According to the Israeli daily Haaretz, Yass funded the Israeli think tank Kohelet, which in turn “funded and designed the anti-democratic [judicial] reforms of Netanyahu, Rothman, and Levin.” 

What are the implications of losing the TikTok war?

In a stunning speech on the Senate floor, US Democratic Majority Leader Chuck Schumer, the highest-ranking Jew ever in an elected office, warned that Israel could become a “pariah nation.” 

The word “pariah” comes from parai in Tamil or para in Malayan. It refers to a type of large drum designed to announce the king’s notices to the public. The people who made a living using the parai were called paraiyar; in the caste-based society they were in the lower strata, hence the derisive paraiah and “pariah.”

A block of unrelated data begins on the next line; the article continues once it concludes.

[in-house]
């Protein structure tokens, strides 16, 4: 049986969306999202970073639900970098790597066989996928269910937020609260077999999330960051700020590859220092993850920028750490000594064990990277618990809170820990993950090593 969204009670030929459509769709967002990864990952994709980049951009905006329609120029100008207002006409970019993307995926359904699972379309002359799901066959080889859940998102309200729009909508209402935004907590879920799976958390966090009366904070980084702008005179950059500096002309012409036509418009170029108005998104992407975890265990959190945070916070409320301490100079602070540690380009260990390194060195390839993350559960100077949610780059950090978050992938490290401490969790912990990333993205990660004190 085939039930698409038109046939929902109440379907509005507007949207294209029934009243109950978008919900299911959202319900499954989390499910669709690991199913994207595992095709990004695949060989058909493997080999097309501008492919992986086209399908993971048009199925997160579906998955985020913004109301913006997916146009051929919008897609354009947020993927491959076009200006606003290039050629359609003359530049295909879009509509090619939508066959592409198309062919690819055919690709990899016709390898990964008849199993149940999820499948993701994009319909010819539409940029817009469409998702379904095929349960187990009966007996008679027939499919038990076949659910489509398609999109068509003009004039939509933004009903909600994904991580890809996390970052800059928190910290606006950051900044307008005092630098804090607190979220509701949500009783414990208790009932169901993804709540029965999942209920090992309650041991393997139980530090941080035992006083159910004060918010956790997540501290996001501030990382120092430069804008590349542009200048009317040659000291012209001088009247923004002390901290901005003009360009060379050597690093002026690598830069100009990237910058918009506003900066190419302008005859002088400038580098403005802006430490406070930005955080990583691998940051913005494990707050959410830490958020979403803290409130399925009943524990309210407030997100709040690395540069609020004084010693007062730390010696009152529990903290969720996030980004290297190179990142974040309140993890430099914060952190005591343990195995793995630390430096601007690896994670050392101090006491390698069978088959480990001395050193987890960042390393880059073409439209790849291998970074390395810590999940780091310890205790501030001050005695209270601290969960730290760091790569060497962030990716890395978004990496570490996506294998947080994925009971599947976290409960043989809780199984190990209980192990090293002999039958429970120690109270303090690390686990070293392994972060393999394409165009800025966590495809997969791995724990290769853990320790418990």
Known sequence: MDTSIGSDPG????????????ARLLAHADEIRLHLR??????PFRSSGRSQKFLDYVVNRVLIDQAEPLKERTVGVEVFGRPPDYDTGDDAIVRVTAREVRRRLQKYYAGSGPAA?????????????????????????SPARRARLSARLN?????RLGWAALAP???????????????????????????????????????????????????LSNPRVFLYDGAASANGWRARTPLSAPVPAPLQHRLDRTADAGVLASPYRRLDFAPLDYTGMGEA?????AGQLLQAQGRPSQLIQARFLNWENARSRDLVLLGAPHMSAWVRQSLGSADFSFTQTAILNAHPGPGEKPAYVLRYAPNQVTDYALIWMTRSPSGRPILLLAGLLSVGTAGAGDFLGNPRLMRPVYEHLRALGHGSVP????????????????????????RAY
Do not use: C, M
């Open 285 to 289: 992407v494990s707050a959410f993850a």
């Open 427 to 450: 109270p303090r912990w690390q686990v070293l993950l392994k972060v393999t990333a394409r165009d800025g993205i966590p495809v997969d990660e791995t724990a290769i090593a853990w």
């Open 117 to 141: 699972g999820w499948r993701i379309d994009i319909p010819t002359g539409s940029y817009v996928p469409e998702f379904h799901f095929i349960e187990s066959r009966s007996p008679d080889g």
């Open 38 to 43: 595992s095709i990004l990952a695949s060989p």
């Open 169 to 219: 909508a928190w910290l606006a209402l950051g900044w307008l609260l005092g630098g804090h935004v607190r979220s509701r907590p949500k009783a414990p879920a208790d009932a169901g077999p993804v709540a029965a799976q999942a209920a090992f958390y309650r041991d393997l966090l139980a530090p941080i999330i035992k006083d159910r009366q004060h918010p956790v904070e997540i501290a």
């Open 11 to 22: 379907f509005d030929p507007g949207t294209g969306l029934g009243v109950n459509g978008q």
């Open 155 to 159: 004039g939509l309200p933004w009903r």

People (or countries) who do not follow social norms become outcasts. When Israel is perceived by the world on TikTok to be a country that does not follow social and ethical norms, it becomes a pariah. 

The consequences are dire for Jews in the Diaspora, for Jewish students at colleges, Israeli start-ups, Israeli exporters, Israeli travelers, and for Israelis’ future well-being in general. 

It may not be too late to get back in the ring and snatch victory from the jaws of TikTok defeat. Perhaps that is just as important as attacking Rafah.■

Media wars

Each new war in the age of the Internet, and long before, has had its own star technology. Vietnam was a TV war. The First Iraq War, 1991, was a cable news war, which launched CNN. The Second Iraqi War 12 years later was the Fox News war. Then came social media.